Robert Walicki’s work has appeared in over 50 journals, including Pittsburgh City Paper, Fourth River,Chiron Review, and Red River Review. A Pushcart and a Best of The Net nominee, Robert has published two chapbooks: A Room Full of Trees (Red Bird Chapbooks, 2014) and The Almost Sound of Snow Falling (Night Ballet Press), which was nominated to the 2016 List of Books for New York City’s Poets House. His first full-length collection, Black Angels, is now available from Pittsburgh’s Six Gallery Press.
What was the moment that made you realize that writing was more than just a hobby for you?
I think when the level of my writing grew to the point where I felt it was good enough to submit to publications.Also, when the desire to write shifted from needing to write made me realize that this was a vocation.
How great of a challenge is it for you to put together a monthly reading series with Versify?
Since Versify as a series concluded, I can say that it's been one of my most proudest achievements, that said, it's much less challenging putting together a series in a city that's bursting with literary talent as Pittsburgh is. I had two goals in this series. One, was to provide a forum for everyone. I never wanted anyone to feel marginalized in the literary community. Second, I wanted to put together readers who organically generated a synergy, whether they complimented or contrasted each other, and I like to think to that end,I was successful.
How would you say your work as a plumber has influenced your writing?
It was difficult for me to write about these experiences at first, because I couldn't wrap my head around the concept of creating a poetic language for these "common" experiences. That said, I eventually realized that this was something that I needed to be writing about. My working life has shaped who I am in more ways than even I realized at the time. It's been a challenge too, in striking the balance between the musicality of language vs the authentic working class language that needs to be present, for these poems to ring true, be earned and yet still feel like a poem.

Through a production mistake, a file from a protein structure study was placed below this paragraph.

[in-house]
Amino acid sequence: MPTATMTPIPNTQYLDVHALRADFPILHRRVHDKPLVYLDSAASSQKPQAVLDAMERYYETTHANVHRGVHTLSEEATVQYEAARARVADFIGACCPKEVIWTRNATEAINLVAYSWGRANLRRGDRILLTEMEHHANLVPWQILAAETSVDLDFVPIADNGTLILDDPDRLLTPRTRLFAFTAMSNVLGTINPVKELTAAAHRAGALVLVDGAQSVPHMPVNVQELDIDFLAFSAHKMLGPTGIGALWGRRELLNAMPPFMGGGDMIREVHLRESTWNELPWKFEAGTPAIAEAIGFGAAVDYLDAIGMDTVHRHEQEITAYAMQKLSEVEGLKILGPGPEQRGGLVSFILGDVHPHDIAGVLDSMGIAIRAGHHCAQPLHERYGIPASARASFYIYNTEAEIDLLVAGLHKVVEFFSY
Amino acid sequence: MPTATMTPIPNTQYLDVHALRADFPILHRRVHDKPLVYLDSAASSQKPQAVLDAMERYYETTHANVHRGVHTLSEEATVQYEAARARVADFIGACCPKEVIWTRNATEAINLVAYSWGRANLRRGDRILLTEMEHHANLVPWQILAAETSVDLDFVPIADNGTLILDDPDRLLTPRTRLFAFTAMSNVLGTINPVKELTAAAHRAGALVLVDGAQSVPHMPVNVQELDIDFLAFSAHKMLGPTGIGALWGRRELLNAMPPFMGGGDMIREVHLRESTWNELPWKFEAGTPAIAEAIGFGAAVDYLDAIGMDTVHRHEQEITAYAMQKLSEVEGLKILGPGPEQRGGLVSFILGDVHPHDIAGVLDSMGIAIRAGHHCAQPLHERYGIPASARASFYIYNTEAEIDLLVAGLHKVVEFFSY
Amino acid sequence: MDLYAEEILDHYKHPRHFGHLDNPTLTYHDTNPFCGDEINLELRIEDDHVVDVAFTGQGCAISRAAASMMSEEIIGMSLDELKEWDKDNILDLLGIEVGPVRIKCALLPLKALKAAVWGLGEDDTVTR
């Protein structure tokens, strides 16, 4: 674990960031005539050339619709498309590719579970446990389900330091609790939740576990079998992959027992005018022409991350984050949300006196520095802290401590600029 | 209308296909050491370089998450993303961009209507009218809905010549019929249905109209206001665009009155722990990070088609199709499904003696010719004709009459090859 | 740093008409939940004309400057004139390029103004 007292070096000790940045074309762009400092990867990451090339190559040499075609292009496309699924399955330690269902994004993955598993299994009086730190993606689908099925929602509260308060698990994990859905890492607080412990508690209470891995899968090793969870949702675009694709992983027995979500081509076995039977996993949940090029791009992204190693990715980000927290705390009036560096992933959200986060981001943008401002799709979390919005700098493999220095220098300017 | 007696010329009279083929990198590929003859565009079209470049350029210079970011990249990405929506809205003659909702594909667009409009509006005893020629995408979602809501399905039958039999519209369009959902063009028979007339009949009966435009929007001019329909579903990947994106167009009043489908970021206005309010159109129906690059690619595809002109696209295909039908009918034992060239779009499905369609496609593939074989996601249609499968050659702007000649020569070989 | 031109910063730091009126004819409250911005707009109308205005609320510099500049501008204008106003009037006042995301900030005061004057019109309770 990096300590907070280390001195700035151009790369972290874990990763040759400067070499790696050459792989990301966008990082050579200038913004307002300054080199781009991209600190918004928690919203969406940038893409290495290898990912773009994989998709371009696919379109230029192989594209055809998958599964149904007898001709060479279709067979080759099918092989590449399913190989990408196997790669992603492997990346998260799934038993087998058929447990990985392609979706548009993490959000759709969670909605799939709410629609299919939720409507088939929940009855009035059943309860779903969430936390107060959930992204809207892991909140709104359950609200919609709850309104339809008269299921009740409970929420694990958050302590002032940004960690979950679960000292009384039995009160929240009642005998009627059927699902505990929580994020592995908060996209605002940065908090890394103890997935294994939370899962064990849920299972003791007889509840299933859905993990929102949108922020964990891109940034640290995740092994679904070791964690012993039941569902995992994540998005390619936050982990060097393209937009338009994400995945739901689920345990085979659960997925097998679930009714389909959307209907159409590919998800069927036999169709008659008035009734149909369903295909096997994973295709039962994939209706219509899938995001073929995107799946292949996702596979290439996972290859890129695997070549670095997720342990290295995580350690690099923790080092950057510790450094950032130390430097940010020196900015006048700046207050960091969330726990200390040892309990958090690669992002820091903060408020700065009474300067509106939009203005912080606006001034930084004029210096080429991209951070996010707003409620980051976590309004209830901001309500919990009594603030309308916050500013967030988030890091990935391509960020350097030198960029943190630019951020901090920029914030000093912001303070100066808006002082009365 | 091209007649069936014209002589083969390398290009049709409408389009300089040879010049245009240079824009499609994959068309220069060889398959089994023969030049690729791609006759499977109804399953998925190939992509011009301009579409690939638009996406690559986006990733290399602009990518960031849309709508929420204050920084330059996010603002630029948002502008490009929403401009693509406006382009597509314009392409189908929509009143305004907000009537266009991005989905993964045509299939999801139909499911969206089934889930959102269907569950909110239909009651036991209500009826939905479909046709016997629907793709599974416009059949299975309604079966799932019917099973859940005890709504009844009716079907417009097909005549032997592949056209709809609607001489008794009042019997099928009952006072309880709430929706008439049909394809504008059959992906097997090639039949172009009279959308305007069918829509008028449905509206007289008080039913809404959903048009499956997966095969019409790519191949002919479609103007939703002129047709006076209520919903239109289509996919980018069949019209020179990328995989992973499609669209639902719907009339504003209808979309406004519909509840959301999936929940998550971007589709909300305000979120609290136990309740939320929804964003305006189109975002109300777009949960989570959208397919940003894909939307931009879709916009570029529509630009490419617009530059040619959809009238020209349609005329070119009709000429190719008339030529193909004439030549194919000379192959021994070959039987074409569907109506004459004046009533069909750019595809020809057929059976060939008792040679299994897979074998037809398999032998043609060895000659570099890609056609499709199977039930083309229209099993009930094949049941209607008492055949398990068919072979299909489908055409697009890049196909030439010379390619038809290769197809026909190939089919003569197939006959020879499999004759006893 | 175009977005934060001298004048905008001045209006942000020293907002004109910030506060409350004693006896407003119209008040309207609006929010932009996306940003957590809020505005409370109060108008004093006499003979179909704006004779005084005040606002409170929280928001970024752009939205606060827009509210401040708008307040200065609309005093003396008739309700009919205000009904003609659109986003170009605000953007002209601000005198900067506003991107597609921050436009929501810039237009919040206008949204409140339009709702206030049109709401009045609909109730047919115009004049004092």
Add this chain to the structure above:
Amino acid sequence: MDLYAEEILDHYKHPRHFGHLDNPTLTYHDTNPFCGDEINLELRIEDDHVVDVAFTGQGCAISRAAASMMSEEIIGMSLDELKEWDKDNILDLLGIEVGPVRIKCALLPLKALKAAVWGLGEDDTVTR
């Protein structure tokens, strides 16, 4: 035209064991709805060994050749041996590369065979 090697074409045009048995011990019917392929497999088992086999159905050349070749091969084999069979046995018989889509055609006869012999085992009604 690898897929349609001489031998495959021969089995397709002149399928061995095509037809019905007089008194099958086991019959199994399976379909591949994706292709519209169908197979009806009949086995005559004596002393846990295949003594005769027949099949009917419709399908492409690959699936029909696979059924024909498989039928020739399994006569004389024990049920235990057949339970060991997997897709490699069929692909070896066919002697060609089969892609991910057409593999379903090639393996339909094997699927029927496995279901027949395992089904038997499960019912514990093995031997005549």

How would you describe your performance style to someone who has never seen you read?
I've worked at this, because I'm an introvert by nature, but I'd have to say that my performances tend to be emotional. I like there to be somewhat of narrative arc to my reading I want to be fulfilling and hopefully have a little something for everybody.
What movie can you throw on any day of the week?
Oh man, it would probably be Star Wars. I'm still an overgrown kid at heart. And I still love Sci-Fi/fantasy. I love escaping into a movie adventuring into a different world.
Has healthy competition like entering in Concrete Wolf Chapbook Contest affected your approach to writing in any way?
Competitions can affect one in positive and negative ways. I approach it with a grain of salt. What I know is, that we can't look to competitions to validate our worth, as so many factors that have nothing to do with our talent, go into whether a piece is accepted or rejected. That said, I've found that preparing a piece for a competition really pushes me to polish my writing and pay attention to editing.
Of any living writers, who would your dream line-up to perform with consist of?
Wow, I would love to read with someone like Dorianne Laux , Ellen Bass,Natalie Diaz, Jan Beatty, Heather McNaugher. There are so many more, although these poets have been quiet mentors throughout much of my writing life, in so many inspiring ways.
What goes into the title of one of your books?
I struggle with titles, but when I find one, I know it when I see it. My most recent book for example, "Black Angels " came originally from a Velvet Underground song, and like the title poem, which was originally called Angel of Death. A title I believe, needs to both inform and create a sense of mystery and restraint in telling the reader what a poem is about. I like to leave that revelation up to the reader though, let them decide what it means for them.
Is Fellini's pizza a real place or an homage to the filmmaker?
It's a real place,but kind of a happy accident as well.
I've noticed a minor trend of Lego references in your work. Any particular reason for that?
Interesting. Sometimes we aren't aware of elements that tend to be fixated on or write about a lot, but I always like to include tactile, grounded elements in my poems that can act as metaphors or simple imagery that creates a strong sense of place and time.
What can we expect from you in the future?
Well, I have another full length poetry collection called "Fountain ", which was just accepted by Main St Rag Press, so I'm excited about seeing that in print in the near future!
Thanks again to Robert Walicki for agreeing to do this interview and for his awesome answers. Please do yourself a favor and check him out at the following links:
Red Bird Chapbooks: https://www.redbirdchapbooks.com/RobertWalicki